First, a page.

Grace Newland, a confirmed flour tortilla fan, was so struck by a corn tortilla in Chiapas that she asked its maker whether she could buy her wooden press. The vendor refused, but Newland was determined to replicate the tortilla back on James Island. “I couldn’t get the taste of my mind,” she says.
Since last year leaving her job at Touchpoint Communications, Newland has taken on a flurry of DIY projects. “I started making my own cleaning supplies,” she admits. So even though she’d never before baked professionally, she was certain she could produce a facsimile tortilla good enough to sell. She ordered all of the equipment she needed to make commercial tortillas in her kitchen, taking advantage of the state’s cottage food law, which allows artisans to make certain baked goods at home.
Newland last month started selling tortillas at farmers markets in Bluffton and Port Royal. Her Mitla Tortilleria line includes whole wheat tortillas, plain flour tortillas and vegetable-flavored flour tortillas, along with a version of the nixtamal corn tortillas that first inspired Newland’s endeavor.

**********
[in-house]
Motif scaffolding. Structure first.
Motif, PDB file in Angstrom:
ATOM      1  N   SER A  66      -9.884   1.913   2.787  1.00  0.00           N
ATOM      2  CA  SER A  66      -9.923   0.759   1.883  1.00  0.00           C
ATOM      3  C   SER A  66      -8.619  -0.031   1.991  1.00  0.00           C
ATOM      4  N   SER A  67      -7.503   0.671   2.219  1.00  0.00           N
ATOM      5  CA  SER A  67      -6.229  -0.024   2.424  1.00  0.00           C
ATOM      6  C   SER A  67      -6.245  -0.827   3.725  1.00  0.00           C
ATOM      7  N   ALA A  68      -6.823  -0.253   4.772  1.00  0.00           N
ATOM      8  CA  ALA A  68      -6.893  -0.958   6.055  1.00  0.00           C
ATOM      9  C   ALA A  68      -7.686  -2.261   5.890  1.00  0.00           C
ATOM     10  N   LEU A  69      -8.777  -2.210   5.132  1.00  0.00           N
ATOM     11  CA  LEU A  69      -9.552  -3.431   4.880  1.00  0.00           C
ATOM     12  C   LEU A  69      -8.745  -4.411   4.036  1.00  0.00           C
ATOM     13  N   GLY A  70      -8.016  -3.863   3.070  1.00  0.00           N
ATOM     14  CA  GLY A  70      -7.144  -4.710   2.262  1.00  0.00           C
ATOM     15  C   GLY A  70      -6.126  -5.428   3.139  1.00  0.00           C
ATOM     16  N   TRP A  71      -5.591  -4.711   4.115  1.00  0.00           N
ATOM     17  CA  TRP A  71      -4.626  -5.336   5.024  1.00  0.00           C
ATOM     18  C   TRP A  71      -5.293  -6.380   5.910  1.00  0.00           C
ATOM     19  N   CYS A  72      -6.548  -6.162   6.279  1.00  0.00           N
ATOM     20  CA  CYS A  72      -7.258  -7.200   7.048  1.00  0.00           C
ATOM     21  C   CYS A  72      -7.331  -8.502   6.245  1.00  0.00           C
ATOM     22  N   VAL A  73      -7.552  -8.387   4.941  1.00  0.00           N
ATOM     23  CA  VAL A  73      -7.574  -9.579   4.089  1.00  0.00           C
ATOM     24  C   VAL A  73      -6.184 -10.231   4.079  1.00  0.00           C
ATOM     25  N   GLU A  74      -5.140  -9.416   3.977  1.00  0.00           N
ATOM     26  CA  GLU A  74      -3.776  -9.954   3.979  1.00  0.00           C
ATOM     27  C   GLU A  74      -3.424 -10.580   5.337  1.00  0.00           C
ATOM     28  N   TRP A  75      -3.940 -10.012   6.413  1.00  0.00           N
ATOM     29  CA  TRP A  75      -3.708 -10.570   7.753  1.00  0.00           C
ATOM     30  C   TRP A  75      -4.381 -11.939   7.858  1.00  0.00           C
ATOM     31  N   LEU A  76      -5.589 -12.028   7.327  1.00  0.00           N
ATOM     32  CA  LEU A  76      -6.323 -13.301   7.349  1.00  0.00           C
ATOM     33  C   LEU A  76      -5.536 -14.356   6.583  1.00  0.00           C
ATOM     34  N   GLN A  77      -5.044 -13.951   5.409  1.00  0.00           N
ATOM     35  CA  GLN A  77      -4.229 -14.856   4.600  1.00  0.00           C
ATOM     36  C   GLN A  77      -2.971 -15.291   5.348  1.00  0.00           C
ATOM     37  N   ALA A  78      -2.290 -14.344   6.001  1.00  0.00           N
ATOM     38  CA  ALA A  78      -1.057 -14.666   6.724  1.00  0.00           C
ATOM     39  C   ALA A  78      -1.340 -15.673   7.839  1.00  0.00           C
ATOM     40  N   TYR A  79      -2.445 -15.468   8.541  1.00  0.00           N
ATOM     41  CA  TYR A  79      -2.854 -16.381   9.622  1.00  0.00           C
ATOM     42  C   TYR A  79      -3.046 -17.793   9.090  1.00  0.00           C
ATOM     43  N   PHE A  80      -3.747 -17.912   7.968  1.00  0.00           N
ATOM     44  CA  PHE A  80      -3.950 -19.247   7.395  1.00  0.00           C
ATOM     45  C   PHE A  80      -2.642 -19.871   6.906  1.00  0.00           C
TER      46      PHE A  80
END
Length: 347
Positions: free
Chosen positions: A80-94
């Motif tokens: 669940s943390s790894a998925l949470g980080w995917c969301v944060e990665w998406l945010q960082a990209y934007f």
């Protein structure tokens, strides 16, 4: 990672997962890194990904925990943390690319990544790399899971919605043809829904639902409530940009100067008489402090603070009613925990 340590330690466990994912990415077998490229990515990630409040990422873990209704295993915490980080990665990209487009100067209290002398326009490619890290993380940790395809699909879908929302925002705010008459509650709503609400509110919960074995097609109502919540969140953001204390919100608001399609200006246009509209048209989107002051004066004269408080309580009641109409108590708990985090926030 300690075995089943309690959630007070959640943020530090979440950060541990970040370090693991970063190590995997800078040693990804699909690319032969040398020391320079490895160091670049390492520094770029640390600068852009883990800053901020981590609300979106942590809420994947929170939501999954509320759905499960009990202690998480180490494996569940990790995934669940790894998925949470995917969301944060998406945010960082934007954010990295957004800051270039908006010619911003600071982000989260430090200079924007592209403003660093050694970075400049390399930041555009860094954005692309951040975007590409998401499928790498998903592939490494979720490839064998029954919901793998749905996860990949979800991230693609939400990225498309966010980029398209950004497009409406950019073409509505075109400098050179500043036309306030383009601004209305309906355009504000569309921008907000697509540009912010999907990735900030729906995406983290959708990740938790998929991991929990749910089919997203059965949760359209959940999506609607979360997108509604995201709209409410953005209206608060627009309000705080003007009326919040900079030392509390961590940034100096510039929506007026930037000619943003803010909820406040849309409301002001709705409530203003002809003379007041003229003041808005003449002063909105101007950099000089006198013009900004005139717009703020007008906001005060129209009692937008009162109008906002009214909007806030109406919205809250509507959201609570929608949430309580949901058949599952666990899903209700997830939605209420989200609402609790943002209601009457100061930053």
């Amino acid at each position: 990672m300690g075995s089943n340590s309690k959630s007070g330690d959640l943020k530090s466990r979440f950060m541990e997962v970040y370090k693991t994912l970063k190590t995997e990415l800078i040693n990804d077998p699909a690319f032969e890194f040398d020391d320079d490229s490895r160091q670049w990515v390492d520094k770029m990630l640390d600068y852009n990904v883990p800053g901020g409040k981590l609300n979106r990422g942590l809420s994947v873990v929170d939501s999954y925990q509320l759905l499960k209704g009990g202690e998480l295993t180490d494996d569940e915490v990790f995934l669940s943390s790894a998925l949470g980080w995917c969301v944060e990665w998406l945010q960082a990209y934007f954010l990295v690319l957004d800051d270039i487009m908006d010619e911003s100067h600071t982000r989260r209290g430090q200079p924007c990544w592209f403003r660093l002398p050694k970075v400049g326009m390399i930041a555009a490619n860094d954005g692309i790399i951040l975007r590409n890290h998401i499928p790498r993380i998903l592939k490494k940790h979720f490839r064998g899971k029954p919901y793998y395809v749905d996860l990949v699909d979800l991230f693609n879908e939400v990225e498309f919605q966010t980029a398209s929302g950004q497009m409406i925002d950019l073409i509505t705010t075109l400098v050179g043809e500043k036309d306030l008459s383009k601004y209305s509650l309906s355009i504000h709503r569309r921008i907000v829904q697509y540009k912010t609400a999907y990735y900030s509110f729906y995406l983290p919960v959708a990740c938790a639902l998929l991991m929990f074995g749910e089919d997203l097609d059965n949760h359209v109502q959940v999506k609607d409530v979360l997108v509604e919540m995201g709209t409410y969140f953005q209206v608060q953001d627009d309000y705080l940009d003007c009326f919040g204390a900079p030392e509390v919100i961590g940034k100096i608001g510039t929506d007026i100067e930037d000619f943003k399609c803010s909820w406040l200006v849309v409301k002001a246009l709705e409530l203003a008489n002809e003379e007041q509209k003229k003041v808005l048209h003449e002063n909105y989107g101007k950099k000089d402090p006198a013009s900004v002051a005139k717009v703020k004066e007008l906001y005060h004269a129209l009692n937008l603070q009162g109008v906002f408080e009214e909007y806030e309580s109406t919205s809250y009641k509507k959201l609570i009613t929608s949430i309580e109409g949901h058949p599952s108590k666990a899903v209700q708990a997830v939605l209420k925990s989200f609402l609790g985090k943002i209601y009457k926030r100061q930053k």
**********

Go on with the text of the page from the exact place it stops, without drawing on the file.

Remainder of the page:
“People are really receptive and liking it,” she says. “I love tortillas, but if you look at the normal ingredient list, it’ll freak you out.”
Rather than lean on the lard and shortening that figure into most flour tortillas, Newland restricted herself to extra-virgin olive oil. She sourced corn from Geechee Boy Mill, and purchased kale and beets from South Carolina farms.
Eventually, Newland hopes to experiment with garbanzo bean flour and ancient grains, all of which will be easier to handle once her grinder arrives. For now, though, she’s hand-grinding the corn with the help of her husband, Cliff Newland of Rio Bertonlini. The two-day process begins with boiling the kernels, and ends with her setting small mounds of dough on an electronic press. They’re parbaked, bagged and sold for five bucks a dozen.
“The first ones were a little ugly,” says Newland, who initially sought her husband’s advice when devising recipes. “He makes dough all day. But it’s completely different.”
Because the corn tortillas are so time consuming, Newland doesn’t foresee adding another market to her schedule this season. But she can imagine wholesaling to Charleston area restaurants.
“Not just Mexican restaurants, but places that have healthy wraps,” she says. “I’m having a lot of parents say, ‘my kids love these.’”
For more information about Mitla Tortilleria, visit mitlatortilleria.com.